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  • WisGuy says:

    Shannon, tssssk, tssskk – you broke your New Year’s vow to keep the language on the show at a PG level. My pre-teen daughter’s very first school report was on bigfoot, she at times has shown an interest in Fortean phenomena, but it has varied as her tastes and interests seem to change by the season, as is often the case with kids. Right now, she is in a very cynical phase and makes fun of me, my podcasts, and my open mind about the existence of sasquatch (I’m not a definite believer, but let’s face it, there is one heck of a lot more credible evidence that a tall, hairy hominid roams the woods of North America than there is recent proof of the existence of any deity). Out of the half dozen or more similarly-themed podcasts I have heard and somewhat regularly listen to, ITF is by far my favorite, and I’m sure that my daughter would find some of the episodes interesting for long car rides, but I hesitate to expose her to F-bombs and significant profanity.

    If you told guests upfront/in advance you’ve got a New Year’s resolution to keep the language at the PG level (damn, hell, etc… are ok, worse is frowned upon) so that people can have their kids listen too, and confess it’s not always easy for you to remember, either, I’m sure everyone would understand and no one would be inhibited, either guests in telling their accounts and stories, or ITF regulars in continuing to listen.


  • WisGuy says:

    Wow, just finished the whole episode and that was interesting, for sure.

    Quite frankly, I was starting to think that what Jon-Paul was describing, both from his personal experiences and from that of others, was, shall we say, perhaps better explained by altered mental states and memories of individuals suffering from mental health issues, neurological disorders, or the effects or aftereffects of hallucinogenic substances and/or long-term substance abuse.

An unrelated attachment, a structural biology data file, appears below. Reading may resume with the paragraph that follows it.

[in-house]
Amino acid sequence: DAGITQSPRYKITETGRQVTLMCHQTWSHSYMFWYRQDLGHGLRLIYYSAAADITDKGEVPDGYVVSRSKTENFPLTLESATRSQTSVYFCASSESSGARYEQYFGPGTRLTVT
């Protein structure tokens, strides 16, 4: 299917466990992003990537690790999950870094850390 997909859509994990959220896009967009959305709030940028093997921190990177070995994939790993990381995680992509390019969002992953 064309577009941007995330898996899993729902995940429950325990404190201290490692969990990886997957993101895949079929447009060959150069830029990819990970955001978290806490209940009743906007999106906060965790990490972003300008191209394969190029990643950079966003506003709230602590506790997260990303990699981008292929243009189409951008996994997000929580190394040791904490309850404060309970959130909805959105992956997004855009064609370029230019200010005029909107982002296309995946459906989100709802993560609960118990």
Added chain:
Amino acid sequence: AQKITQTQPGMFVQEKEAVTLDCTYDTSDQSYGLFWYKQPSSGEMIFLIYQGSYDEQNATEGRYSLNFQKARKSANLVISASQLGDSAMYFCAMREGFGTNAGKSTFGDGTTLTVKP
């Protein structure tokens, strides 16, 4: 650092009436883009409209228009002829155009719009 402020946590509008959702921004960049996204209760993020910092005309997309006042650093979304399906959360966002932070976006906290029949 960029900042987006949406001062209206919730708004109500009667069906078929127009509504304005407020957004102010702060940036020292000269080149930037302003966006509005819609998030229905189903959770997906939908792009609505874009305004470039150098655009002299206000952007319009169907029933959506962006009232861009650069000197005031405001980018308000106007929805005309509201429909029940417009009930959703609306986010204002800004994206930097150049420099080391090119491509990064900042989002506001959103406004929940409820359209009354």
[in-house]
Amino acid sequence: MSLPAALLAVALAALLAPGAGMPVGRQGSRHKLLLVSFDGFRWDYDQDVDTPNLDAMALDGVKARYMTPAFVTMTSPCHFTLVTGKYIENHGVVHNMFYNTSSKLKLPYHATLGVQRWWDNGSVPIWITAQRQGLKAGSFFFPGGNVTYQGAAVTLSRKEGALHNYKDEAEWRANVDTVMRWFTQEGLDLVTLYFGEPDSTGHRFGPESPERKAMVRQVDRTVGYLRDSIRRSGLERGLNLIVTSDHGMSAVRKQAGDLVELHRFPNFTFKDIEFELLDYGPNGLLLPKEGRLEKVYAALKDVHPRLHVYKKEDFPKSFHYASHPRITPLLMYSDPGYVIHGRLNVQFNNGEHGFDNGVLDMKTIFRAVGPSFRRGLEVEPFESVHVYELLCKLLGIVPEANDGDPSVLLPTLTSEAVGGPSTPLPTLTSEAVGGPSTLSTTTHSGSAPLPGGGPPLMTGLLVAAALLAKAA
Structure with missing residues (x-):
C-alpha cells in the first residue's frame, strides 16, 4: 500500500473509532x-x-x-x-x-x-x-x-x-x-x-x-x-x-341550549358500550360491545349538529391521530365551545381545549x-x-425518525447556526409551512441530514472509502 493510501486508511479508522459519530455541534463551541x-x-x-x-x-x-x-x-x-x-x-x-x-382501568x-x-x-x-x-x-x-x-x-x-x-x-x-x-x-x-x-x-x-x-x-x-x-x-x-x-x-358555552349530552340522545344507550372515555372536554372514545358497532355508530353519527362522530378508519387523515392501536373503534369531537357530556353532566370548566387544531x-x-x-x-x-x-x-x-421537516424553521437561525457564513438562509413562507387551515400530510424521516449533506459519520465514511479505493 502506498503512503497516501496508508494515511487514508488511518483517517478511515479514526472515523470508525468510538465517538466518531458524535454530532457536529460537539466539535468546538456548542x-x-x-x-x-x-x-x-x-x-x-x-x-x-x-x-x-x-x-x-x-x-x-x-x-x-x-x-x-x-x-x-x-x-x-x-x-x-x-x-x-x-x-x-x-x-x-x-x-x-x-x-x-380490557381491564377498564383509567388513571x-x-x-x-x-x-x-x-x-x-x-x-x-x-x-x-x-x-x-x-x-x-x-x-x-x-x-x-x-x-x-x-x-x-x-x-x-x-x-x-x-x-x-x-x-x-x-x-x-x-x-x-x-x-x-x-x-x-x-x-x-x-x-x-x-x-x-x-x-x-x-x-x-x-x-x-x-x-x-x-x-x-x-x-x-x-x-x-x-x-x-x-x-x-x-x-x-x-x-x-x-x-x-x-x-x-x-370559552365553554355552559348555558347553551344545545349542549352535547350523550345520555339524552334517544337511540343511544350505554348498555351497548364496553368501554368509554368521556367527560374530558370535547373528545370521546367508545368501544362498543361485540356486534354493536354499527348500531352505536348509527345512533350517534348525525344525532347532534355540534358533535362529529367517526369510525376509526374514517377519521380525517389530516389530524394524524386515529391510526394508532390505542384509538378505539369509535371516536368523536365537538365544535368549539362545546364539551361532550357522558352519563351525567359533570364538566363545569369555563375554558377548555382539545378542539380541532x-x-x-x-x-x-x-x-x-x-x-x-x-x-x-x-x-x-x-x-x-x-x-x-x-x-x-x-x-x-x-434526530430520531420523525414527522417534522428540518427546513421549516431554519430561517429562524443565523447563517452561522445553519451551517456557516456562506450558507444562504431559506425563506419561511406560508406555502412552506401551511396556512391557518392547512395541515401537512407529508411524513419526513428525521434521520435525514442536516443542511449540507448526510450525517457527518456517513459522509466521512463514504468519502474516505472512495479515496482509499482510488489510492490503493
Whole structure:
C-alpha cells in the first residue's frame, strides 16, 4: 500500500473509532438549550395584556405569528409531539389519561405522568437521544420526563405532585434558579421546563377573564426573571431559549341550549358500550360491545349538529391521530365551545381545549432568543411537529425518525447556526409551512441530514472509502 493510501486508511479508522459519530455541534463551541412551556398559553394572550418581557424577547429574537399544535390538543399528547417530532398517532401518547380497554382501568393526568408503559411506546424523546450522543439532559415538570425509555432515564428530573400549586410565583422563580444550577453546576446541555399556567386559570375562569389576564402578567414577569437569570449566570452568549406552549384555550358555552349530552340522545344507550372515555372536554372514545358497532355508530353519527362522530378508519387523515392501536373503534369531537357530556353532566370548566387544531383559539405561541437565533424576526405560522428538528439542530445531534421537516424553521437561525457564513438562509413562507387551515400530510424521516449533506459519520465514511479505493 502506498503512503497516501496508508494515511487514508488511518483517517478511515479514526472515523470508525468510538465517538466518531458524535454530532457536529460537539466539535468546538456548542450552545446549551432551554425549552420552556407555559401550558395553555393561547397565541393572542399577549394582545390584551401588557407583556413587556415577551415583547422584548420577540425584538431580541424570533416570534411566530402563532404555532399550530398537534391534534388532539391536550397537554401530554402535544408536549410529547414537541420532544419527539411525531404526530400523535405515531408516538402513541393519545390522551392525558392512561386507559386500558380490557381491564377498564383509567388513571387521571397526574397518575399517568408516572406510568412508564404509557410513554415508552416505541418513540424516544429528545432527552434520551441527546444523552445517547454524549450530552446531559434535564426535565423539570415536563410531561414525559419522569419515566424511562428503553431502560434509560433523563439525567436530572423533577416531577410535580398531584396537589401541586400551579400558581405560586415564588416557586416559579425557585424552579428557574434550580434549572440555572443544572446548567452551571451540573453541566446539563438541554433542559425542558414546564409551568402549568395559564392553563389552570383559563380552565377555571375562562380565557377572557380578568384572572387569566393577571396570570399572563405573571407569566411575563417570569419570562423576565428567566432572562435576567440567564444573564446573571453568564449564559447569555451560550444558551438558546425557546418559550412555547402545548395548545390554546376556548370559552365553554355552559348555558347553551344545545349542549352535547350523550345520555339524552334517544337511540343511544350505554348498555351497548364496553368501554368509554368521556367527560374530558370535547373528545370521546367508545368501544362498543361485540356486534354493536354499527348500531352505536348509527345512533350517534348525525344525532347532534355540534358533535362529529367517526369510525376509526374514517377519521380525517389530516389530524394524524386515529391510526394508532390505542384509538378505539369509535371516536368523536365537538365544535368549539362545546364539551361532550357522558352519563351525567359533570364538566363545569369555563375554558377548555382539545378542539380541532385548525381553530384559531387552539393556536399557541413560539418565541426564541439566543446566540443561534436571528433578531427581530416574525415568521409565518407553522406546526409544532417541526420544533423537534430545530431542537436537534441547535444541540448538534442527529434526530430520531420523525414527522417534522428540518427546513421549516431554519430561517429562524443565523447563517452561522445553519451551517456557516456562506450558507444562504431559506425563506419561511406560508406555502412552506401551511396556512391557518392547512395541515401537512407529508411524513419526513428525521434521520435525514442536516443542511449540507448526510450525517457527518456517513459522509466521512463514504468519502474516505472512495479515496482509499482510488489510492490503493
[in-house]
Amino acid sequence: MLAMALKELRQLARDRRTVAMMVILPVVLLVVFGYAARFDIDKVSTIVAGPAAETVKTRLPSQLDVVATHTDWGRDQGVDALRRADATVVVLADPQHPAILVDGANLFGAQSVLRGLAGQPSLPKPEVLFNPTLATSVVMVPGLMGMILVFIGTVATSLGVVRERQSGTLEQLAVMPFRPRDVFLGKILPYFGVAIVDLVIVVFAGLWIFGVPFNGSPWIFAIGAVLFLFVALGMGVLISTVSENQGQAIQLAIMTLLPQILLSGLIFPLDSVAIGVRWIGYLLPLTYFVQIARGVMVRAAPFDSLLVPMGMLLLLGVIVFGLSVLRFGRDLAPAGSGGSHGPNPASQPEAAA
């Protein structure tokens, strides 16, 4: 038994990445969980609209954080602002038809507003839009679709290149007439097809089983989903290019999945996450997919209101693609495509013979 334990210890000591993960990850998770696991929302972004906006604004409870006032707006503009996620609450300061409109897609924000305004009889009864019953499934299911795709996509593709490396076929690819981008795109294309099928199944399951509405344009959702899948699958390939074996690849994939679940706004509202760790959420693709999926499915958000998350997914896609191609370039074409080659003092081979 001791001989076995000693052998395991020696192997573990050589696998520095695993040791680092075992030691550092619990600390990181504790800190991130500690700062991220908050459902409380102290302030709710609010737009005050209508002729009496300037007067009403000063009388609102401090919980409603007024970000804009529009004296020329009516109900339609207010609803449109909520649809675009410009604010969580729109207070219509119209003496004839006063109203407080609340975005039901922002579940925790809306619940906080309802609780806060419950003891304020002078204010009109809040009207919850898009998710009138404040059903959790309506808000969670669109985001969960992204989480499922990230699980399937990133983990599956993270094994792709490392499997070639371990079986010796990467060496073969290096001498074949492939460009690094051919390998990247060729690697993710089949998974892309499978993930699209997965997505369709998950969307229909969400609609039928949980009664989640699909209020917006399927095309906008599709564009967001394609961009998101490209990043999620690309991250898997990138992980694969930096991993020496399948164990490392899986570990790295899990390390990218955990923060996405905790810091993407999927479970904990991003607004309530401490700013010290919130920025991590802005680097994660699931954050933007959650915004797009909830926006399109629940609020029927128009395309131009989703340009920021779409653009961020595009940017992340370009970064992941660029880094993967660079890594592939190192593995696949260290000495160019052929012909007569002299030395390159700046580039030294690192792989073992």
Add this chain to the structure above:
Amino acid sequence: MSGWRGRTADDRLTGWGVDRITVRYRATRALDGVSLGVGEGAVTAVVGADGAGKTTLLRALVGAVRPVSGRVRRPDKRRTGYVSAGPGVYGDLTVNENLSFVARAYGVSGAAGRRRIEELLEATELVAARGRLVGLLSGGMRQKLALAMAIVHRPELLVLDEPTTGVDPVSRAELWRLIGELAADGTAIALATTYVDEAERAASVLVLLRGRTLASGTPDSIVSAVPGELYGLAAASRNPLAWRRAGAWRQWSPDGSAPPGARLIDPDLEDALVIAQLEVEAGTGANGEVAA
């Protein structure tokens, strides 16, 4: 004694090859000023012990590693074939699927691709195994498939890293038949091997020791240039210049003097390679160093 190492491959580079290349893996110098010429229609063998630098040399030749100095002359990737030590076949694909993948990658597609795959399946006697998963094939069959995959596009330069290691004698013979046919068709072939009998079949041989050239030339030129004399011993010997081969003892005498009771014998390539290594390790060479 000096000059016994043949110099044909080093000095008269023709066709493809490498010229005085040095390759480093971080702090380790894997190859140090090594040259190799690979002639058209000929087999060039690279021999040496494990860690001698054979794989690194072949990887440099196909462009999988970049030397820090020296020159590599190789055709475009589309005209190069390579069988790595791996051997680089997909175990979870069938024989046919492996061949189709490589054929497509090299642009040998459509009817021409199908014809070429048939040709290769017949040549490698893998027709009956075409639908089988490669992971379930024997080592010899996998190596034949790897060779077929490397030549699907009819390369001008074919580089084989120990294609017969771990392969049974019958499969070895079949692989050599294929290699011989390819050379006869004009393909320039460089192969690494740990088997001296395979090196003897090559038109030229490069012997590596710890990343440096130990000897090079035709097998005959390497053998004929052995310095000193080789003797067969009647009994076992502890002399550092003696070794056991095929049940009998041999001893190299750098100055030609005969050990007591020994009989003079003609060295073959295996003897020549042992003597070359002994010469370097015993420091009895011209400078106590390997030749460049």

However, JP regained some credibility with me by stating that first of all, he finds a significant portion of the alleged dogman eyewitnesses on Vic Cundiff’s Dogman Encounters Radio show to be non-believable. I have previously stated in a comment to the Dogman ITF episode that I give Cundiff little credence because of his claim he has conclusive video/photographic proof of the dogman but won’t release it.

    He also gained further credibility when he dismissively discussed the bigfoot habituators (rural individuals who claim to have gradually gained the trust and often “friendship” of their neighborhood sasquatches). I personally agree wholeheartedly with Jon-Paul that the majority of this group of cryptid enthusiasts can best be considered as crackpots, running the whole spectrum of crackpottery between sadly delusional types out-of-touch with reality to hoaxers and attention-seekers. I too think that the claims of these people about sasquatch braiding the manes of their horses, about telecommunicating with their local bigfoot buddies, bigfoot leaving bird feathers as “presents,” etc… are no more grounded in reality than tales of cavorting with the Great Pumpkin. Their excuses for why they claim they regularly see their hairy neighbors but won’t produce any sort of video or photographic proof of their existence are nonsensical – “It would violate their trust!” or “They’re too smart to be caught on film or video!” [but why then are they not smart enough to avoid being caught in headlights crossing a roadway?] If the habituators genuinely cared about their “friends,” they’d want to prove they exist and thus protect them with endangered species (or something more akin to human) status, yet many dismiss this seeming inconsistency by claiming “They’re smart and wary enough that they don’t need our protection!.” If bigfoot is real, eventually we’ll have another Justin Smeja who will actually produce the body instead of just a far-fetched story, so it makes no sense to claim bigfoot is invincible. Certainly the half-dozen or so accounts from the 18th and 19th centuries of hunters shooting a “wild man” or “monster” in the wilderness would suggest that bigfoot is both mortal and as susceptible to succumbing to high-velocity lead projectiles as any other large mammal.